Other councilmembers raised concern that Jenkins and Thomas met with city staff to request additional items without being allowed the opportunity to make their own suggestions or be privy to that conversation before Monday’s meeting.
At one point Monday, Jenkins and Councilmember Matt Zimmerman had a tense back-and-forth. Jenkins said city staff were “liars” because of how they presented the content of his and Thomas’ meeting with staff on June 8.
Thomas and Jenkins clarified that what they wanted to do was work to reduce excess city spending.
They both said they believied that most of the allowances for employee cars and cell phones are excessive and that cell phones are unnecessary for many city employees to do their work.
“I don’t think this is a difficult thing to fix,” Jenkins said. “I think we can get a laser focus down on this and determine who needs phones, who doesn’t need phones. This is not some blanket deal where everybody in the city gets a $65-a-month pay raise for phones. The taxpayers have got to pay for that, and everything we do in this community should be done through the lens of is it a benefit or value to the taxpayer.”
Some councilmembers pushed back against the elimination of cell phone and car allowances for employees, particularly because allowances are stipulated in employee contracts.
City staff during the COVID-19 pandemic have migrated away from the use of landline desk phones and city-issued cell phones for employees.
“I think a lot of our workers do actually need some type of phone, whether it’s a desk phone or something, they need something,” said Councilmember Lisa Larson-Bunnell. “And if we’ve literally, physically gotten rid of the phones, and this is what they’re using instead, that’s sort of the point that I was trying to make before.”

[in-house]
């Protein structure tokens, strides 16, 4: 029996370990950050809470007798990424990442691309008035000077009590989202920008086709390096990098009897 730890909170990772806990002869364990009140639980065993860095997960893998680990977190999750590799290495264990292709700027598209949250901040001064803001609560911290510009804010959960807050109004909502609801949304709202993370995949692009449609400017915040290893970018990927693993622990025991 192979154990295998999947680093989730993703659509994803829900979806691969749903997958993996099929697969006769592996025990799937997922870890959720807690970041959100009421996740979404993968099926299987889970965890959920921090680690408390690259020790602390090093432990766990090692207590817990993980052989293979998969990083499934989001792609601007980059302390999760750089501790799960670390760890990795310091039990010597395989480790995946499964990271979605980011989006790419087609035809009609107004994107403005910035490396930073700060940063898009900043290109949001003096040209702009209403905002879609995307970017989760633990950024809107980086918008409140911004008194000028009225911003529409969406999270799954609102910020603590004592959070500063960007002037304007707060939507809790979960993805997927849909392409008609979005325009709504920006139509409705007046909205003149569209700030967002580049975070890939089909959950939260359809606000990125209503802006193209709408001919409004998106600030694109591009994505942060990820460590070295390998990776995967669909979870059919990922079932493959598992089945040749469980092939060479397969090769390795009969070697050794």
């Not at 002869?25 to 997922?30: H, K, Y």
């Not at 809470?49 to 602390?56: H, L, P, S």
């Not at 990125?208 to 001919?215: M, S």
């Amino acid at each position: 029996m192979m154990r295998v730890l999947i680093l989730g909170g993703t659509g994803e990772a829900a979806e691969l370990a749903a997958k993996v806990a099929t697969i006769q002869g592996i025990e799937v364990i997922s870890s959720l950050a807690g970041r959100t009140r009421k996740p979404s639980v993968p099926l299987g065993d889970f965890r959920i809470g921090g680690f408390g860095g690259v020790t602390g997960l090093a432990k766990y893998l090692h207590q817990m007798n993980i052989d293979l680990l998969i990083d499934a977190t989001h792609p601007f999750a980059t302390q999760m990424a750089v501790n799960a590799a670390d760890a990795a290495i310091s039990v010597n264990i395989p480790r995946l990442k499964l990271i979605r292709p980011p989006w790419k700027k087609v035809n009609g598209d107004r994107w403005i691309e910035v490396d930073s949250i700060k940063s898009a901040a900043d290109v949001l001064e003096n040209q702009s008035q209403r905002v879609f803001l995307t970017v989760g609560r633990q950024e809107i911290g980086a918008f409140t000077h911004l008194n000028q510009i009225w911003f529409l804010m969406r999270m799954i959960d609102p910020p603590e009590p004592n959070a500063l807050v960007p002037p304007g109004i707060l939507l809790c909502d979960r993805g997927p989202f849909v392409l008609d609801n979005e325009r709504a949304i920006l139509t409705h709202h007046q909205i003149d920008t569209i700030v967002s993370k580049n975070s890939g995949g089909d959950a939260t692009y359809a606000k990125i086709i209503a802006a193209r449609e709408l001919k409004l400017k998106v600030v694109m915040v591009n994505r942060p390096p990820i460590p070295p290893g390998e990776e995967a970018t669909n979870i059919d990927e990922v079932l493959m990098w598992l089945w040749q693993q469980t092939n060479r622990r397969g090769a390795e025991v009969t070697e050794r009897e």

City staff estimate eliminating all but five current cell phone allowances would create a savings of about $258,000 and affect 321 employees.
Additionally, eliminating the employee car allowances would save about $91,000 and affect 17 employees.
In other news
The city council also discussed the addition of an assistant city attorney who could manage contracts for the city.
The council ran out of time to finish this discussion, but most members were generally in favor of ensuring that the city had professional staff to oversee contract management.
Also up for discussion were the city staff’s options for possibly taking over administration of the Shawnee Storm, a Special Olympics team run by volunteers and families in and near Shawnee.
Councilmember Larson-Bunnell, who has recently requested that city staff explore this item to include it in the annual budget, has asked this item be discussed during a future council meeting.
Click here to see a copy of the city memo on the budget. A recording of the meeting can be accessed below. Discussion begins at 17:32.
Editor’s note: This story has been updated to include additional comments from the mayor regarding the mill levy.